Reason For Hearing Loss
- Certain medications can damage the ear, resulting in hearing loss, ringing in the ear, or balance disorders.
- These drugs are considered ototoxic.
- Sometimes kids who take high doses of drugs for cancer, infection, or other illnesses develop hearing or balance problems (or both) as a result of taking the drugs.
- The degree of damage to the ear depends on what type of drug a child is taking, how much, and for how long.
- And the severity can vary from child to child.
- Some kids may have no or very minimal hearing loss and “ringing in the ears” (tinnitus), while others may experience major problems with balance and/or profound hearing loss (deafness).
- Age is the biggest single cause of hearing loss.
- Hearing loss that develops as a result of getting older is often known as age-related hearing.
- Most people begin to lose a small amount of their hearing from around 40 years of age.
- This hearing loss increases as you get older.
- By the age of 80, most people have significant hearing problems.
- As your hearing starts to deteriorate, high-frequency sounds, such as female or children’s voices, may become difficult to hear.
- They are required to wear a hearing aid when they lose a small amount of their hearing.
- Another common cause of hearing loss is damage to the ear from repeated exposure to loud noises over time.
You’re at higher risk of developing noise-induced hearing loss if you:
- Work in environments where there’s loud music, such as a nightclub
- Regularly listening to music through headphones
Congenital hearing loss
- Congenital hearing loss is hearing loss present at birth or soon after.
- Most of it is inherited, but about 1 in 4 cases are due to things that happen to the baby in the womb.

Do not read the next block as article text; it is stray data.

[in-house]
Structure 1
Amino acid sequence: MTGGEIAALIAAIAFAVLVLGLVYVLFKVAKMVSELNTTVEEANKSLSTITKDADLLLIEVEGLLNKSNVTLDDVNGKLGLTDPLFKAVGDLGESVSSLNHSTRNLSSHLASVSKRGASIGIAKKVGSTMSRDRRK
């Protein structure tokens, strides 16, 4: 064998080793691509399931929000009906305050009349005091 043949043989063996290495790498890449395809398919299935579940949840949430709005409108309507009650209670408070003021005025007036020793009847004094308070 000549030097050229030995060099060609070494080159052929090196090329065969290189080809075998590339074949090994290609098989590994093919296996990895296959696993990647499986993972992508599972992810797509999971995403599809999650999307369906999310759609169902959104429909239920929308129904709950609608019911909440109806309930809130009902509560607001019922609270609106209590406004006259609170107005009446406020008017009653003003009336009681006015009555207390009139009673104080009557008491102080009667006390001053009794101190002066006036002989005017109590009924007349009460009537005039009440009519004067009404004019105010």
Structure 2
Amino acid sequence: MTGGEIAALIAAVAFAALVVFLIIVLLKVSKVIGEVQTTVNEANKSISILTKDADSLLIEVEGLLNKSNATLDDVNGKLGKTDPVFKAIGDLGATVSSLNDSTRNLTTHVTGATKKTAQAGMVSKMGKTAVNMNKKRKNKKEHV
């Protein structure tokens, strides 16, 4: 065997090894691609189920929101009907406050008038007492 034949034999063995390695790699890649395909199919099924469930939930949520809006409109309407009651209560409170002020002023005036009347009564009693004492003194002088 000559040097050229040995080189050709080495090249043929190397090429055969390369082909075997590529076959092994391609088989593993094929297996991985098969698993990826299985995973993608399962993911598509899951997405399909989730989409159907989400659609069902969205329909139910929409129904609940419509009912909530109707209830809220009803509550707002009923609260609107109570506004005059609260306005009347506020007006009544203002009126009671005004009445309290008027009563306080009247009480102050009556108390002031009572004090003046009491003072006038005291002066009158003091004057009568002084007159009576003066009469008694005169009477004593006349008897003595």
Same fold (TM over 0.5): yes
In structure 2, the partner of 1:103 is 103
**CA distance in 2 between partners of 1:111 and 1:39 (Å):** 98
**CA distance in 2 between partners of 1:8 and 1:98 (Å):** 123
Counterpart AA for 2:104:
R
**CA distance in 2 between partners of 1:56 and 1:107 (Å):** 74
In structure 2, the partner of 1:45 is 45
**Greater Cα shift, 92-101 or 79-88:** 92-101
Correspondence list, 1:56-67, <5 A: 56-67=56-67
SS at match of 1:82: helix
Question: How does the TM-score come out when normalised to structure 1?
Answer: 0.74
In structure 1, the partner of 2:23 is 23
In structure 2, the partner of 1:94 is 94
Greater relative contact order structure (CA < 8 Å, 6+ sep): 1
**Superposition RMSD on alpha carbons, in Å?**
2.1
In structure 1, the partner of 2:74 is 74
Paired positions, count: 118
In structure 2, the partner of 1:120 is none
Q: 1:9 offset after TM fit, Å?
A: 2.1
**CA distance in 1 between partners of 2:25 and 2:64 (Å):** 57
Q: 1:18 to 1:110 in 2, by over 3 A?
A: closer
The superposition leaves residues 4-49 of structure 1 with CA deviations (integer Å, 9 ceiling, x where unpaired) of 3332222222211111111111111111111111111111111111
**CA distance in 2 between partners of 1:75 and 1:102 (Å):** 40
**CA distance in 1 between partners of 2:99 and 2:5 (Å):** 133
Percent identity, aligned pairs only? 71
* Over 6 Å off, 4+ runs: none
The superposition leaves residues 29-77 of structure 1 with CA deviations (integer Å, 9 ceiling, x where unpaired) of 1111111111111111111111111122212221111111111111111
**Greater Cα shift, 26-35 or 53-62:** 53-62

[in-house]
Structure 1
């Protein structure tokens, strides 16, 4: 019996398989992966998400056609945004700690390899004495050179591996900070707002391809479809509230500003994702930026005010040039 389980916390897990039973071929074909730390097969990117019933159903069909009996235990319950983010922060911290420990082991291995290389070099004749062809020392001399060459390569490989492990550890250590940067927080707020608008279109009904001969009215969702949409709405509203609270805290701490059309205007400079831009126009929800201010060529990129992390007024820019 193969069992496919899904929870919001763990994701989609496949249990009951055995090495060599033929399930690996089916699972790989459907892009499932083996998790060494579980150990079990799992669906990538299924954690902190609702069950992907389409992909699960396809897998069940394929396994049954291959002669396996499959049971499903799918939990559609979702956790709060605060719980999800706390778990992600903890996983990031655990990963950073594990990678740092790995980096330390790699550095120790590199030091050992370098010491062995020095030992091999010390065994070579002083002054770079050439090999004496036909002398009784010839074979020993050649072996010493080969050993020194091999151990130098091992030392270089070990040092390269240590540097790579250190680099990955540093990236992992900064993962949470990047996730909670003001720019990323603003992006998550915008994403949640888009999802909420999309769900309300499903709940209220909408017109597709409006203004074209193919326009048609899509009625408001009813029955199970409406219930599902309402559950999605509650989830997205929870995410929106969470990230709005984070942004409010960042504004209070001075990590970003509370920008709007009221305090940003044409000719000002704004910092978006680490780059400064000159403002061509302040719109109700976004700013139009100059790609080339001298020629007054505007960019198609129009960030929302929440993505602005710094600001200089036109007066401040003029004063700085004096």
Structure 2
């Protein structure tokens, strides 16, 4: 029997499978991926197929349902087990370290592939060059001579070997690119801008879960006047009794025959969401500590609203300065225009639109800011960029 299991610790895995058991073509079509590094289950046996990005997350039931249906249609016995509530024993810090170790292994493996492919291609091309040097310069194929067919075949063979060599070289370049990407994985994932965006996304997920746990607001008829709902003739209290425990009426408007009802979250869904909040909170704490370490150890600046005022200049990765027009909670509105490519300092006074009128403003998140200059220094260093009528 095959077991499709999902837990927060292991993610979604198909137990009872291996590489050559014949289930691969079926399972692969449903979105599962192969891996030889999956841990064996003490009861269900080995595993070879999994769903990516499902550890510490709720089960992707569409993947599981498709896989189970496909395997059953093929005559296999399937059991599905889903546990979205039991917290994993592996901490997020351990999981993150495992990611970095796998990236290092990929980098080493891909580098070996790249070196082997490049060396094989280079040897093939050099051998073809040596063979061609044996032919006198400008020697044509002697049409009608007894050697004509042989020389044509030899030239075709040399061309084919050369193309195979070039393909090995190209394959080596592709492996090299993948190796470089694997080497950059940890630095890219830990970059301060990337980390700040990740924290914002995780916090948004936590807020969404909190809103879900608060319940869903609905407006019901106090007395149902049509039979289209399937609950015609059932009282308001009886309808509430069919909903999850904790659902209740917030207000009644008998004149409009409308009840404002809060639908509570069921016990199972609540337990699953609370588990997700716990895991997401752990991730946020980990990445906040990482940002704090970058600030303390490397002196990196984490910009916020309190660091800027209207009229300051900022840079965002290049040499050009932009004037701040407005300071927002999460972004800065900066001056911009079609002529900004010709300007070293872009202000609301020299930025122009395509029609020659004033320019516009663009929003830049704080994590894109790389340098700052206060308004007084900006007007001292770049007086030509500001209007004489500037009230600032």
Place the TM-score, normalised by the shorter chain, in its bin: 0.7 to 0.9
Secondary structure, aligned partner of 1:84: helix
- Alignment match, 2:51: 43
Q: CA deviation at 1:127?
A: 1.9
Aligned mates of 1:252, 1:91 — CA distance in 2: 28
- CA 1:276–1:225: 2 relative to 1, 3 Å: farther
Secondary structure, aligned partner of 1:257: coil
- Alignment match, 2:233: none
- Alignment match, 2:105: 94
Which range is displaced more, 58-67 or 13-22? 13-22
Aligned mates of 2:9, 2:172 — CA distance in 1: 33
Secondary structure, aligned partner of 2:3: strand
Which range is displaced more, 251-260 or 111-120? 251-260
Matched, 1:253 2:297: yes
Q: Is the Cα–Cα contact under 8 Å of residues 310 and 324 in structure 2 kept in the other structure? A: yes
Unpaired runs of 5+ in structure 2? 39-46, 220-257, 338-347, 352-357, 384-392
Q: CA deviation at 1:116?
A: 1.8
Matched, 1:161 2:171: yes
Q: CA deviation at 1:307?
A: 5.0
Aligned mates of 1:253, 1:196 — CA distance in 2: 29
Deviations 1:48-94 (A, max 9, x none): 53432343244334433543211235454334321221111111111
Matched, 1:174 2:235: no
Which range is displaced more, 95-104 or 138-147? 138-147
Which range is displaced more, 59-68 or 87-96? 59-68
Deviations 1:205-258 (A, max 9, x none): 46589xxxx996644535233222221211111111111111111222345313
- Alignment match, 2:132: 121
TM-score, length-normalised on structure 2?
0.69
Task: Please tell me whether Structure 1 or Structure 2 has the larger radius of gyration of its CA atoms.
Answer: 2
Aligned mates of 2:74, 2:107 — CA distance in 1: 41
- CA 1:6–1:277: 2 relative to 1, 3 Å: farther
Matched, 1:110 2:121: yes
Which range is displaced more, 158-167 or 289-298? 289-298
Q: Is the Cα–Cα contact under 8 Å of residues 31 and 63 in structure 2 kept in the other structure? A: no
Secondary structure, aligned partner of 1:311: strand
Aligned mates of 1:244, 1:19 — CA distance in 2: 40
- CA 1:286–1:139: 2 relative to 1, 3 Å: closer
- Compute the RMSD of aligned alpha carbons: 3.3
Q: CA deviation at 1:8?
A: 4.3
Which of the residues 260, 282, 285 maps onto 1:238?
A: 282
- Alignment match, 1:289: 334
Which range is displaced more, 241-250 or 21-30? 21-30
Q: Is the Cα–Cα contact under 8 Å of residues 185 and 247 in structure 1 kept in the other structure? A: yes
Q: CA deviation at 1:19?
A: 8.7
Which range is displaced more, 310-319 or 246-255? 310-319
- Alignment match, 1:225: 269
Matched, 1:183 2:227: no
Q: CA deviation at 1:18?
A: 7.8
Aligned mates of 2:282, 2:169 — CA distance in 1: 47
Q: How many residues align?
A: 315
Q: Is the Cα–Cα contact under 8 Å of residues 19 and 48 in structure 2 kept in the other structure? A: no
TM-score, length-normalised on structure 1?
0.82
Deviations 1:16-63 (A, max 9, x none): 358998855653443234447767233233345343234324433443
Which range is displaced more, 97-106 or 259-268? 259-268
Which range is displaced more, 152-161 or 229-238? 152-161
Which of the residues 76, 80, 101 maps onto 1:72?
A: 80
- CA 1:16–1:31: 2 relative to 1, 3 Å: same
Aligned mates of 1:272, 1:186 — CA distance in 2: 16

- This includes infections such as German measles, being premature, and shortage of oxygen at birth.
- There are many inherited (genetic) syndromes which cause hearing loss as one of the symptoms.
- Some inherited hearing loss in children is not present at birth but develops in the early years.
- The first sign can be poor speech development.
- In the UK all new babies have a hearing test to make sure the hearing (auditory) nerve is working.
- Children are checked again at about 8 months of age to make sure they can still hear.
Conditions affecting the brain
- Ultimately sound is heard and interpreted by the brain; conditions that affect the hearing centre in the brain can also cause hearing loss.
- Examples would be multiple sclerosis, brain injury through trauma, stroke and brain infection (encephalitis).
- In some cases there might be partial or even complete recovery over time, although in other cases the loss would be permanent.
Conditions affecting the hearing (auditory) nerve
- Cancer can affect the hearing, although this is quite rare.
- The middle ear and cochlea don’t normally develop tumours, but a tumour called an acoustic neuroma can grow on the auditory nerve.
- Although this tumour is most often benign (meaning that it does not spread to other parts of the body), it causes loss of hearing.
- Acoustic neuromas can sometimes be bilateral (meaning there is one tumour on each side).
- If this happens then both ears will lose hearing.
Serious and permanent hearing injuries can result in a traffic accident when the airbag deploys.
- The airbag explodes with a sound pressure level that may be greater than 170 decibels.
- A jet engine at takeoff has a sound pressure level of 140 decibels.
- A shotgun blast 165 decibels and
- A rocket launch 180 decibels.
- A sudden, extremely loud noise such as an airbag exploding can damage immediate and permanent hearing loss (“acoustic trauma”).This causes ear pain, loud ringing and bleeding from the ear canals.
Foreign bodies in the ear canal
- A foreign body in the ear is anything that gets stuck in your ear canal other than earwax.
- Peas or beads are the most common foreign bodies to block the ear and impact on hearing.
- Foreign bodies are usually trapped in the outer ear canal.
- Children may put and push things into their ears during play.
- These things may include food, toy pieces, beads, buttons or disk batteries.
- Ear foreign bodies may also include insects that fly or crawl into the ear canal.
- Foreign bodies may also cause itching, pain, fever, redness or bleeding.